Belgium Sued Over Guest-Worker Permit Denials

     (CN) – In its monthly flurry of lawsuits against EU member states for various infringements of law and policy, the European Commission said Thursday it was suing Belgium for refusing to admit workers who pay social security to other member states.
     When workers are posted temporarily to another member state, they are issued “portable documents” by their home state certifying that all wage deductions for social security must go to the home state.
     The portable-document law has been upheld repeatedly by the European Court of Justice, and all member states are required to accept the permits as long as they haven’t been invalidated by the issuing state.
     But the commission says that Belgian law allows local enforcement officials to unilaterally refuse to recognize the documents – in effect barring individuals from other member states from being able to work in Belgium if they don’t agree to pay into its social security system – and filed a lawsuit in the EU high court to force Belgium to comply.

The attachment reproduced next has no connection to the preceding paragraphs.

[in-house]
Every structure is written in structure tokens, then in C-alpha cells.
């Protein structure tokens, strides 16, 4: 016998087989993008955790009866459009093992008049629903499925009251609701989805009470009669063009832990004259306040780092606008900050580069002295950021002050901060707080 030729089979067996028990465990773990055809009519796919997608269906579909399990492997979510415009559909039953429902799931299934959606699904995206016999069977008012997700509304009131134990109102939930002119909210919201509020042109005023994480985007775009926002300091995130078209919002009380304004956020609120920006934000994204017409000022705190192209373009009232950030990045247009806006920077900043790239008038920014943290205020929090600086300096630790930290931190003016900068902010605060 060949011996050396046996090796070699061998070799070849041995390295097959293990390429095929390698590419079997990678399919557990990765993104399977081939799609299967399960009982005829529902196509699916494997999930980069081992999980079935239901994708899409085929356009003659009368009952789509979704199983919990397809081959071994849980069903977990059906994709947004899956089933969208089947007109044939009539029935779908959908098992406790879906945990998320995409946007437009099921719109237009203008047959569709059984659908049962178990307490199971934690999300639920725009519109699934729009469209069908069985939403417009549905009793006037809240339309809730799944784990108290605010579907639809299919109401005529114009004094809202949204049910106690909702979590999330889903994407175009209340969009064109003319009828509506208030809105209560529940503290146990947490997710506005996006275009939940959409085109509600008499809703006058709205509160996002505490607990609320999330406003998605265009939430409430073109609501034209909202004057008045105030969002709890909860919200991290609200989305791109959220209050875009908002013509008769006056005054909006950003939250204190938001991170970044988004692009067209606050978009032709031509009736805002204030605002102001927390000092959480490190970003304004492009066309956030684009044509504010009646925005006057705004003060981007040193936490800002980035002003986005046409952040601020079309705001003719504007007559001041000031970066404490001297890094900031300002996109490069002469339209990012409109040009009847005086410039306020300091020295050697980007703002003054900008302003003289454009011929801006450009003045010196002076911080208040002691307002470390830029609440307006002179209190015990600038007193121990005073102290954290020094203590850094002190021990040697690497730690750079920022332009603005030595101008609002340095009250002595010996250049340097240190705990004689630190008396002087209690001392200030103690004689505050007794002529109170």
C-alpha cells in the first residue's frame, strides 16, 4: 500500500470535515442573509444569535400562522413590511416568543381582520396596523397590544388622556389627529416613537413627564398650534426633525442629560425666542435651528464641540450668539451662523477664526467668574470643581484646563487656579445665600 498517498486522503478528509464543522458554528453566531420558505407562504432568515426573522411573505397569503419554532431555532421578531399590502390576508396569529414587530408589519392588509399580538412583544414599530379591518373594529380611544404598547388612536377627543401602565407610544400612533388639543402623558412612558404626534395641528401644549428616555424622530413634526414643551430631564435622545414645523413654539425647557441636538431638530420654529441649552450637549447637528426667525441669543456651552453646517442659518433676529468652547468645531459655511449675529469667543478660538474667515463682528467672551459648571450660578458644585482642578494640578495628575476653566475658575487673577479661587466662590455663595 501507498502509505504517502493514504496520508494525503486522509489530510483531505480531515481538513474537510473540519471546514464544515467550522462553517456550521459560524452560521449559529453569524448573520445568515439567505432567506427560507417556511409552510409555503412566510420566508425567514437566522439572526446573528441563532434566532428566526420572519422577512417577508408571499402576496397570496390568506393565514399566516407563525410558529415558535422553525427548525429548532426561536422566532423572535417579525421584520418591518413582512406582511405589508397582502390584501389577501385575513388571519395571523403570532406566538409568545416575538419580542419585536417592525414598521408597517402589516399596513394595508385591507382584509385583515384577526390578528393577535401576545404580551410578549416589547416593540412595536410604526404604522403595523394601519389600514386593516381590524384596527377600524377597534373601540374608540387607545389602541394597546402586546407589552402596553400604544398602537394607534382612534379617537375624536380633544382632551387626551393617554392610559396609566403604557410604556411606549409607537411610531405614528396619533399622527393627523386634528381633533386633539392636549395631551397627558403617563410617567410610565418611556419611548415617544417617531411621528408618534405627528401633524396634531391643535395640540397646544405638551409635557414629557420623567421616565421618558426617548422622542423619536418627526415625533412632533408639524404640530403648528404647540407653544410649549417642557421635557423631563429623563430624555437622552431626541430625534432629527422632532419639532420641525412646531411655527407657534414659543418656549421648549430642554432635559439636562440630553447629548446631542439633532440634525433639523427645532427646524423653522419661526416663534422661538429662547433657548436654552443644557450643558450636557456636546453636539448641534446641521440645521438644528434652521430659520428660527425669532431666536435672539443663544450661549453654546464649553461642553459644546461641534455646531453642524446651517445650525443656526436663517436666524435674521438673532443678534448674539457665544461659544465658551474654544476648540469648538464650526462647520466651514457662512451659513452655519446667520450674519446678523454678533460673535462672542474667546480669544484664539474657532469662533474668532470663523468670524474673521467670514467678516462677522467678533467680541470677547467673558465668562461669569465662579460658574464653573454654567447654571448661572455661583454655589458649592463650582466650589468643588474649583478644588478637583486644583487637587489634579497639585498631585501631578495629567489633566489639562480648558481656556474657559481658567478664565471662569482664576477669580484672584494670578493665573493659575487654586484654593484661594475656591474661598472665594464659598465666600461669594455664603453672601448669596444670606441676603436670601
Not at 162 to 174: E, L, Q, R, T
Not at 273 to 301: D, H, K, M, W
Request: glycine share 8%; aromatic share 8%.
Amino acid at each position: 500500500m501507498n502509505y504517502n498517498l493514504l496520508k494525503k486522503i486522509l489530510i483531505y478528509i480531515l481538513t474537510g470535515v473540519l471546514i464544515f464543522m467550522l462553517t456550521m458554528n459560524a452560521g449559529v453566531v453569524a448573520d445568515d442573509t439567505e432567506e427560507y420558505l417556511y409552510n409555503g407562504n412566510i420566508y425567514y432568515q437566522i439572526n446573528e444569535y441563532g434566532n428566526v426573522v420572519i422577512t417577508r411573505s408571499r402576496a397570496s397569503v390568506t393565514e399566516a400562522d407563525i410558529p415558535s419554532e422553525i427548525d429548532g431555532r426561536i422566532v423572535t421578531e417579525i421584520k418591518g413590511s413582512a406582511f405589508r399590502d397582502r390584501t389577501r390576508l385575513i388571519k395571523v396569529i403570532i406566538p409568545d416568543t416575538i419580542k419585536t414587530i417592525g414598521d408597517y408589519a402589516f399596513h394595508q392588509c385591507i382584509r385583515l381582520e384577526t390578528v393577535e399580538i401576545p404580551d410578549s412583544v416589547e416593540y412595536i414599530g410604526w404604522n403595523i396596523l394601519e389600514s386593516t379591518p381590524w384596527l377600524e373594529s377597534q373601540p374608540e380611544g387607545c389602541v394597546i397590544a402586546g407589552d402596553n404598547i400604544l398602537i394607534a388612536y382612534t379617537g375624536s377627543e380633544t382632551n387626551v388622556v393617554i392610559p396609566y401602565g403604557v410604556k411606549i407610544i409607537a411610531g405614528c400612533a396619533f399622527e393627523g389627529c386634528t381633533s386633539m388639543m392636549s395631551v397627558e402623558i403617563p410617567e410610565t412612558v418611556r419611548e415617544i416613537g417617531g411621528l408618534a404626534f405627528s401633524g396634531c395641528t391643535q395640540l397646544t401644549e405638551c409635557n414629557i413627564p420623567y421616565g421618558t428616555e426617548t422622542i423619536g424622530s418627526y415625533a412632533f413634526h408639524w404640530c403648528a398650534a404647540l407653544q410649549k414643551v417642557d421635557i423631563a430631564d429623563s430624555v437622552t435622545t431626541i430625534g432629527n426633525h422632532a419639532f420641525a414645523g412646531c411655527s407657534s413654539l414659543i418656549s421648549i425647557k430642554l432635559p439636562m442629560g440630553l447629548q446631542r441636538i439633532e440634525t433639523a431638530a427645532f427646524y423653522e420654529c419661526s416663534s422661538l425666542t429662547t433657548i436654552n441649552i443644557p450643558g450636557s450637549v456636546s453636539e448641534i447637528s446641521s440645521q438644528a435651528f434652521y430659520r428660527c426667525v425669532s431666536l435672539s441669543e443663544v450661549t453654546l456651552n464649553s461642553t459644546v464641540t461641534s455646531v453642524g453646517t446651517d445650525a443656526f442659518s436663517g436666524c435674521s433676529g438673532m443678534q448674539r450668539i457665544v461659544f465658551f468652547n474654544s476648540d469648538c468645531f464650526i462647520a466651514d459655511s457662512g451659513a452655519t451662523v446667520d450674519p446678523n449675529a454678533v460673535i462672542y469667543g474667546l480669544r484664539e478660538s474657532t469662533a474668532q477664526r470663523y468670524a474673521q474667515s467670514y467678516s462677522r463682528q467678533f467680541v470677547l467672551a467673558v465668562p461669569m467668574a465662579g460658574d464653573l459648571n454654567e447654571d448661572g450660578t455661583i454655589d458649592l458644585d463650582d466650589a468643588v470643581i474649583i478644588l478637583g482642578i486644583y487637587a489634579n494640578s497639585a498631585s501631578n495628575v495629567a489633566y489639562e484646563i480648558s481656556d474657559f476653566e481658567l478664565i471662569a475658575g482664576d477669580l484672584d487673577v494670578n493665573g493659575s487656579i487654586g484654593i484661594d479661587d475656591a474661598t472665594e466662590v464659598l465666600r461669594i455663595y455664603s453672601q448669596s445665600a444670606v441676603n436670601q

The commission also filed lawsuits against other member states on Thursday in the Court of Justice:
     Hungary, for missing the deadline to implement EU energy efficiency rules;
     Germany, over its approval of a coal power plant in near Hamburg without assessing the risks to fish on the Elbe River;
     Two actions against the United Kingdom, for its ongoing struggle to handle urban wastewater and a separate action over excessive coal power plant emissions;
     A nuisance-abatement action against Slovenia over an illegal landfill containing highly flammable tires;
     Two inheritance-tax actions against Greece for preferential treatment on bequests made to Greek charities, and a primary-residence exemption for which only Greek nationals qualify.
     Despite issuing what it calls “infringement packages” against member states monthly – March’s involved 98 cases – the commission estimates that 95 percent of its complaints against EU nations are resolved without going to court.

%d bloggers like this: